By Andrew Tracy Silence is Martin Scorsese’s best film in 20 years—since Kundun (1997), in fact, which also happens to More →
By Jordan Cronk
Issues of transit, dispersion, and the commercial and cultural tides precipitating each successive wave of Chinese migration have preoccupied filmmakers for decades. But as an influx of nonfiction work concerned with such sociological conditions continues to permeate international cinema, it’s clear that the relationship between artistic and industrial progression is anything but proportional. Whether the setting is nautical, as in Yung Chang’s riverboat-as-consumer-capitalism parable Up the Yangtze (2007), or rural, as in Lixin Fan’s Last Train Home (2009), a visual record of the annual homeward exodus of over 130 million migrant labourers for Chinese New Year, the discrepancy remains the same, as the country struggles endlessly to reconcile its vast populace with its cross-continental economic responsibility. It’s a contradiction in terms that the People’s Republic of China has at points both thrived on and relied upon, and one most comprehensibly indexed in Wang Bing’s West of the Tracks (2003), which outlined in three movements—“Rust,” Remnants,” and “Rails”—the strain of this accumulated evolution on contemporary, working-class China and the communist ideals which have historically proven difficult for the country to reconcile.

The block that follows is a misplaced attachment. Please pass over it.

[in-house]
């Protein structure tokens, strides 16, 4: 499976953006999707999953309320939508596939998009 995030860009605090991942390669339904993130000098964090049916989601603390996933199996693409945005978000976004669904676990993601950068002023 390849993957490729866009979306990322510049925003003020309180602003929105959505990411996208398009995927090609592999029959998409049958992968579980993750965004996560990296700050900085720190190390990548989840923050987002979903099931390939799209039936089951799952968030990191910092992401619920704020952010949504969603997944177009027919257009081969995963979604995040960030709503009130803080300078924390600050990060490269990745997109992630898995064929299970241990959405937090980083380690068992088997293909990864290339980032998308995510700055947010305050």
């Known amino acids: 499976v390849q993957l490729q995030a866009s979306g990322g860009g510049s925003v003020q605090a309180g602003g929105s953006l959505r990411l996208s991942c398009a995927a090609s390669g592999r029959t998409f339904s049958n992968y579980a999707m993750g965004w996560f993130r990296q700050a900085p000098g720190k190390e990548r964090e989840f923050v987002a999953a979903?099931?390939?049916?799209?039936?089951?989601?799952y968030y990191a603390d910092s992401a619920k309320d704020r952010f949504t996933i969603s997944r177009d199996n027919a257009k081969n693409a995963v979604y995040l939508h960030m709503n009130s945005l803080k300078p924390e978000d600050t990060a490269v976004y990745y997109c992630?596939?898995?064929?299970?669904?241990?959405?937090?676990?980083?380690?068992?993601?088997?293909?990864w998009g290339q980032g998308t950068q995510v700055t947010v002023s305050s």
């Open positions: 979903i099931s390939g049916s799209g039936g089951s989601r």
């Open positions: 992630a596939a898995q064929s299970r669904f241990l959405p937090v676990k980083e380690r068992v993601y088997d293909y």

The same elements could be said to formulate the nexus of director J.P. Sniadecki’s corpus to date, with all converging as a kind of quantum agent in his latest work, The Iron Ministry. But if Sniadecki’s trajectory feels preordained, he has navigated the course with the industriousness of one of his subjects. Save for a single stopover on US soil to collaborate with Véréna Paravel on Foreign Parts (2010), all of the Michigan-born Sniadecki’s work has been produced in China, where he lived and worked itinerantly for almost a decade. And yet even Foreign Parts, a document of the impending urbanization of the Willets Point neighbourhood of Queens and its parade of scrap and salvage yards, betrays a concern for the elemental and ecological nuances of an underrepresented community (not to mention the peripherally prophetic fact that Willets Point is otherwise known as “The Iron Triangle”). Far from a catalogue of China’s proletariat—or, worse yet, an appropriation of the country’s inherently exotic properties—Sniadecki’s Far East films have proven dynamic, stylistically daring dispatches of both cultural and cinematic integrity. Within literal borders of sovereign command, Sniadecki has facilitated a democratic dialogue between parties not only on screen, but—if we’re to infer the viewer as an integral component in these films’ thematic capacity—off as well.